Beijing and Guangzhou are China's two cities famous for ivory carving. Beijing is known for ivory carvings of figures of ladies, as well as flowers and birds. Guangzhou is well known for its exquisitely carved ivory balls.
Beijing ivory carving can be traced back to more than 2,000 years. It matured as early as the Ming (1368-1644) and Qing (1644-1911) dynasties. Owing to the rarity of elephant tusks, most ivory carvings belonged to imperial nobilities, forming a graceful royal art form.
Unlike emeralds and other gemstones, ivory has no cleavage. When carved, sanded and polished, which is smooth to the touch. Ivory carving has two main carving techniques: round carving and openwork carving. Round carving can be adopted to make characters, animals and mountains. Openwork carving is adopted to make boats, vases, towers and ivory balls. Other techniques include plane carving, three dimensional engraving and shallow or deep relief carving.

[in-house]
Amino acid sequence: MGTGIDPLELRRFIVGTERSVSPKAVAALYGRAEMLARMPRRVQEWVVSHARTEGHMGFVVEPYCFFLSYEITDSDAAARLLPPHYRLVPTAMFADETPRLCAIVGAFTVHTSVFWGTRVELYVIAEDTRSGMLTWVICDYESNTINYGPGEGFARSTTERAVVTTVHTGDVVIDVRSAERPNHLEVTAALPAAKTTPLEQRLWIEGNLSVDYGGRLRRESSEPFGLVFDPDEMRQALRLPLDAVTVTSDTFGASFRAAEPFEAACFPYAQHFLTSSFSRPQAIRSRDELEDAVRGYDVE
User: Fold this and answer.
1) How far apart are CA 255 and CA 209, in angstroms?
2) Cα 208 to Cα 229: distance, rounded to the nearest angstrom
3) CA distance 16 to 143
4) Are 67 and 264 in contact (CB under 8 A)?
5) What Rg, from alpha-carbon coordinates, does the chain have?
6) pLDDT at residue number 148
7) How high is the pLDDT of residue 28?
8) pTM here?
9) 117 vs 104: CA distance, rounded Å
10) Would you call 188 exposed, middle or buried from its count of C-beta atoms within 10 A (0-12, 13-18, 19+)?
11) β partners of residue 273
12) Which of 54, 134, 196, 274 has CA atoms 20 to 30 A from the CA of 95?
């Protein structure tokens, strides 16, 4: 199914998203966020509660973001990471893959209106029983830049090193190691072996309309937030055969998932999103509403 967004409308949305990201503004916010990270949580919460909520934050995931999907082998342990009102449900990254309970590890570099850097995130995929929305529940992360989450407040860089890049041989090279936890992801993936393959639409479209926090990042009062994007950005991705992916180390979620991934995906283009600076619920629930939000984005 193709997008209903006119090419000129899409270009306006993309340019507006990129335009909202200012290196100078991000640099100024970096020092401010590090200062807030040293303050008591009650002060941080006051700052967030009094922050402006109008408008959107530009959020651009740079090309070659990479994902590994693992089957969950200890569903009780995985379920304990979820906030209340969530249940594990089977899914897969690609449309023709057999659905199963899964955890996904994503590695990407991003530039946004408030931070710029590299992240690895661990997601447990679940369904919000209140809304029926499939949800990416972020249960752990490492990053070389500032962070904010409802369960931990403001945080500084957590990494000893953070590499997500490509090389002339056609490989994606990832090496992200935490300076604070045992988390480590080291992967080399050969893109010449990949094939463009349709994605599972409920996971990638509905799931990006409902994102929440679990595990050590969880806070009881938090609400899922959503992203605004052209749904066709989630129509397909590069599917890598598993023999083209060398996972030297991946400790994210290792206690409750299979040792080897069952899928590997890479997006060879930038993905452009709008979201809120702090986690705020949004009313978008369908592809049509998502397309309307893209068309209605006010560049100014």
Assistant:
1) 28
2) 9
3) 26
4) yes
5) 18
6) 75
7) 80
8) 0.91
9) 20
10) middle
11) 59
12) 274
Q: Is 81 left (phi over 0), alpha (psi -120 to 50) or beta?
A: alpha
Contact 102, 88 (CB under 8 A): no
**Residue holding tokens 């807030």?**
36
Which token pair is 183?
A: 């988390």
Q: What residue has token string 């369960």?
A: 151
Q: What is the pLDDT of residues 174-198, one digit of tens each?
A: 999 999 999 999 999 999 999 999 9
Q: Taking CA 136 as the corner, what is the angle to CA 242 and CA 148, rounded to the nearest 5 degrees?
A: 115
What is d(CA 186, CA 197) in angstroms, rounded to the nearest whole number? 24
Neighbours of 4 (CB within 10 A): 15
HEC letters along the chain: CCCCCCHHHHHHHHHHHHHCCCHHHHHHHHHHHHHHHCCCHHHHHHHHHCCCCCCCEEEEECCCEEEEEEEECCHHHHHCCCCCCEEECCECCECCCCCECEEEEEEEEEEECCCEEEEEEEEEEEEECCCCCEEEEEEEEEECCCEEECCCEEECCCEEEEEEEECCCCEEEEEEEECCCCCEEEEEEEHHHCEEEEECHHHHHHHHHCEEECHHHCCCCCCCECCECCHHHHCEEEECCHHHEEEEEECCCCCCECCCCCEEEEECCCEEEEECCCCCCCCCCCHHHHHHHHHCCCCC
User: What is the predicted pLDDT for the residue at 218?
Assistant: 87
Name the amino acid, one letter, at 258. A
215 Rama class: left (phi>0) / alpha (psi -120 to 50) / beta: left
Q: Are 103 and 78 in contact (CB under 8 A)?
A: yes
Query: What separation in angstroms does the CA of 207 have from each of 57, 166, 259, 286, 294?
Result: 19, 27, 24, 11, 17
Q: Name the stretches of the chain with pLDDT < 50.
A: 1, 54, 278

It is illegal to kill elephants for their tusks in most countries. Hence, jewelry, figurines, and other products made from carved ivory have become hard to find and are now hot collector's items.
Although international officials lifted the overall ban on the ivory trade in the 1980s, ivory carving techniques in Beijing continue to decline due to lack of materials, fewer skilled artisans, and diminishing interest among the younger generation.